SAI to allow Tokyo Olympics-bound Indian athletes to train in small groups during isolation amid COVID-19 surge  

SAI will allow all the Tokyo Olympics-bound athletes to train during quarantine
SAI will allow all the Tokyo Olympics-bound athletes to train during quarantine
Kaushiik Paul

Tokyo Olympics-bound Indian athletes will be allowed to train in small groups even during quarantine at the Sports Authority of India (SAI) campuses across the country. Every athlete reaching a SAI center has to undergo a mandatory seven-day isolation period.

The decision was made keeping in mind the need for the Games-bound athletes to continue with their training without disruption. SAI has also decided to conduct COVID-19 tests every week to monitor the health of the athletes.

According to a SAI statement, innovative methods have been adopted whereby small groups of athletes, coaches and training partners will be formed. Each group will remain detached from the rest until the quarantine period is over.

The SAI statement read:

“Training in a smaller group during quarantine period will also ensure that large scale transmission of the virus is prevented. During the quarantine period, general fitness and monitored training on a staggered schedule would be allowed. The coach/support staff/sparring partners involved in training for such an athlete would form part of the individual athlete’s group and follow the same regime as the athlete. They won’t be allowed to interact with athletes/support staff in the bio-bubble until the test results of the whole group comes out negative at the end of the initial quarantine period of seven days.”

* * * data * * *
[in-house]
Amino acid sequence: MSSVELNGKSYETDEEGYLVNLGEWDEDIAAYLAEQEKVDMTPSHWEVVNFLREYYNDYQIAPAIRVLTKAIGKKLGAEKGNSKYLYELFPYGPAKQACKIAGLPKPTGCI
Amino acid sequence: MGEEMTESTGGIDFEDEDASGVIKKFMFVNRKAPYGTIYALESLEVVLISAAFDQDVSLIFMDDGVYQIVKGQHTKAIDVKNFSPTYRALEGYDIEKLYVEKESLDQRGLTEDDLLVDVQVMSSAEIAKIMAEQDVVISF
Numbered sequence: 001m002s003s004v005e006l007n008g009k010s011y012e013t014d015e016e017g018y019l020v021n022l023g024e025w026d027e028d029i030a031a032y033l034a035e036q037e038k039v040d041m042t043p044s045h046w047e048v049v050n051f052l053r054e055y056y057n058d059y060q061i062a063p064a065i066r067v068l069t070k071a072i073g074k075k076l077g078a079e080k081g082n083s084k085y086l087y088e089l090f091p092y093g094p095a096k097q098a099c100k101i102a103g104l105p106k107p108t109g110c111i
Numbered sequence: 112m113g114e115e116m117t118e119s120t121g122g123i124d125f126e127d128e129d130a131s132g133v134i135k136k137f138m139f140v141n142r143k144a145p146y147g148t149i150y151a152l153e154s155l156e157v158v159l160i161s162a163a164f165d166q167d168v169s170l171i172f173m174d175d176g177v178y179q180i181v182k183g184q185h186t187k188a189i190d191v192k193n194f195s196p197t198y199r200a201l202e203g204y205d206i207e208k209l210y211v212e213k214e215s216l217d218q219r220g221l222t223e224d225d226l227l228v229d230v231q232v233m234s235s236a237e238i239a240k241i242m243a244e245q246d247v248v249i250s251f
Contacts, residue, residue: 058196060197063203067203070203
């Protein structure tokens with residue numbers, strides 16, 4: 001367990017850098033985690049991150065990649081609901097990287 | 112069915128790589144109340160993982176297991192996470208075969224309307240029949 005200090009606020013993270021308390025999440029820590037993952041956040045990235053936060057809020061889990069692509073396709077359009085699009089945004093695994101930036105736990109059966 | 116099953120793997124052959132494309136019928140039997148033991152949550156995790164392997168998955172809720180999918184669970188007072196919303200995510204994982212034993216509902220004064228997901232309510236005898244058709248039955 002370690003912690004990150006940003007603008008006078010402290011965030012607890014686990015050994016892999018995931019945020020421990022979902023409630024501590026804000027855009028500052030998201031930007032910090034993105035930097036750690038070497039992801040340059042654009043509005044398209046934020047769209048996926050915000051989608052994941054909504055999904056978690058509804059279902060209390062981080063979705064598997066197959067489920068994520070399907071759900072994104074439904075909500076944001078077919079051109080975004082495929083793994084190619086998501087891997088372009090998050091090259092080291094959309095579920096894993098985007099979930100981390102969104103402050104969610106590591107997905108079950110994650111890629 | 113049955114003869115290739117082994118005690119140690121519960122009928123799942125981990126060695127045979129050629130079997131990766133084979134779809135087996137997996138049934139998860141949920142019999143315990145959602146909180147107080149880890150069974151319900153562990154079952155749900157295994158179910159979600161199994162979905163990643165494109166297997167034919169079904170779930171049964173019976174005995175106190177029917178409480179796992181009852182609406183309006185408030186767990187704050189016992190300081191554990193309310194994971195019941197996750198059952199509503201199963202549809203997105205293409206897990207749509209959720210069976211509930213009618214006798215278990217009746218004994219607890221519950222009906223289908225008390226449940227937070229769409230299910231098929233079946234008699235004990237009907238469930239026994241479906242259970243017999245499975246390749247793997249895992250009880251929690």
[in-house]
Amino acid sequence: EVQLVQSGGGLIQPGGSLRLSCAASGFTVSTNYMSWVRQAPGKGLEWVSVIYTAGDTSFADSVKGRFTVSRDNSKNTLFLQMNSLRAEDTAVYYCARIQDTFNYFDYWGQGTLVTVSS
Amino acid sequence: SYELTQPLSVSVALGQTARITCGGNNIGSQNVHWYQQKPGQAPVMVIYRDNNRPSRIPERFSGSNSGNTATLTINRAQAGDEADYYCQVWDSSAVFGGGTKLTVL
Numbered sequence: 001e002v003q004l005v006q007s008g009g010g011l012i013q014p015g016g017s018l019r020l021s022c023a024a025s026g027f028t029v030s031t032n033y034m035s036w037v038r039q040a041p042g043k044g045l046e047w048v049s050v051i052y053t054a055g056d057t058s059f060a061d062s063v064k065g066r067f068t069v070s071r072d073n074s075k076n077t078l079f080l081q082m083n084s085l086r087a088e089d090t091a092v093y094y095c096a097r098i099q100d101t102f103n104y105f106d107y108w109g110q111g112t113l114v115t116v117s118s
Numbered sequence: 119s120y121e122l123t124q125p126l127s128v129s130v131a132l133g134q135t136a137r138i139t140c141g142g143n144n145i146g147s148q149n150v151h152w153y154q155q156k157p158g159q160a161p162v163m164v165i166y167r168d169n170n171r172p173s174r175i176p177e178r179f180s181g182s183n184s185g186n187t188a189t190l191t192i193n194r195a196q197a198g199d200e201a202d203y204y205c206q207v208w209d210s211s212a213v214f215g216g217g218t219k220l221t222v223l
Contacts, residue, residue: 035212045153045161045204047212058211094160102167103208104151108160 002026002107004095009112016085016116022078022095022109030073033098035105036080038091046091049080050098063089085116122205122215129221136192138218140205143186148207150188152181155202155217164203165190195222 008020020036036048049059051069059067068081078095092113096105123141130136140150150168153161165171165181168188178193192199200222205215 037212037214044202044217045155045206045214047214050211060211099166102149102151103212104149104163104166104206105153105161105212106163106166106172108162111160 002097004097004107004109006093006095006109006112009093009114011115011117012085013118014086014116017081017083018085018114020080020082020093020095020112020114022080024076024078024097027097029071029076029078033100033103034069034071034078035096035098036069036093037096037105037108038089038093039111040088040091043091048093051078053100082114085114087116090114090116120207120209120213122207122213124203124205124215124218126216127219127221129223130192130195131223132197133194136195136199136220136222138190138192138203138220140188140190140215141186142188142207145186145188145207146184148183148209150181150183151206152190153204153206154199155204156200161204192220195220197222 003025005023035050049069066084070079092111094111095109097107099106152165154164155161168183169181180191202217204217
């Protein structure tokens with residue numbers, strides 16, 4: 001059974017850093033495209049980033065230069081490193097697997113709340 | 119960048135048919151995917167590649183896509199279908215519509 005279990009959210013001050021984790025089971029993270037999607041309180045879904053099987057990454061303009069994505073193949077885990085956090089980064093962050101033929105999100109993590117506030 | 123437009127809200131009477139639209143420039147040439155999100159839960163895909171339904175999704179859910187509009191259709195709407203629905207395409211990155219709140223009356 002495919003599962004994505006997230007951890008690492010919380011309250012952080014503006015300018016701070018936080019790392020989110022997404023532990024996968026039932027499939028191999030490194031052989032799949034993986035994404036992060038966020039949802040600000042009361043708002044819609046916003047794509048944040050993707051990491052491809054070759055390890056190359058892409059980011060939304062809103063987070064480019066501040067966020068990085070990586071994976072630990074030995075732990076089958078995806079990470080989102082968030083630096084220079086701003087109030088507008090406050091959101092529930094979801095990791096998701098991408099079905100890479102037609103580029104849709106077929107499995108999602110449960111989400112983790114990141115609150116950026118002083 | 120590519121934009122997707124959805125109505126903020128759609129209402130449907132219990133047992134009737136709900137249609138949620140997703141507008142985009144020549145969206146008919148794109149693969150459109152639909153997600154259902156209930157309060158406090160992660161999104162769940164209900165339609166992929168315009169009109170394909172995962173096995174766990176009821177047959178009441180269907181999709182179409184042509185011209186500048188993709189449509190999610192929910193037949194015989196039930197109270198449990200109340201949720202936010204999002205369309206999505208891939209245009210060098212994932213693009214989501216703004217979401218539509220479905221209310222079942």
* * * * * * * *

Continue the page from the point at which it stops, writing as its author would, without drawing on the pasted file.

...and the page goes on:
Entire group needs to be COVID-19 negative to merge with others

In case anyone in a group is found COVID-19 positive at the end of their quarantine period, everyone from that set will have to serve another seven days in isolation. The entire pack will be allowed to start training with others in the bio-bubble once each and every one tests negative.

If any athlete's test comes out COVID-19 positive but he/she is asymptomatic, his/her fitness regime will continue under strict medical protocols through video calls. SAI will also arrange counseling sessions for athletes to boost their morale.

Earlier, Tokyo Olympics-bound Indian paddler G Sathiyan had stated that serving long isolations at this point in time would be harsh on any athlete's body.

Sprinter Dutee Chand, who was in the India squad for the World Athletics Relays, had to spend seven days in quarantine upon her arrival at NIS Patiala in early April.

Edited by Samya Majumdar
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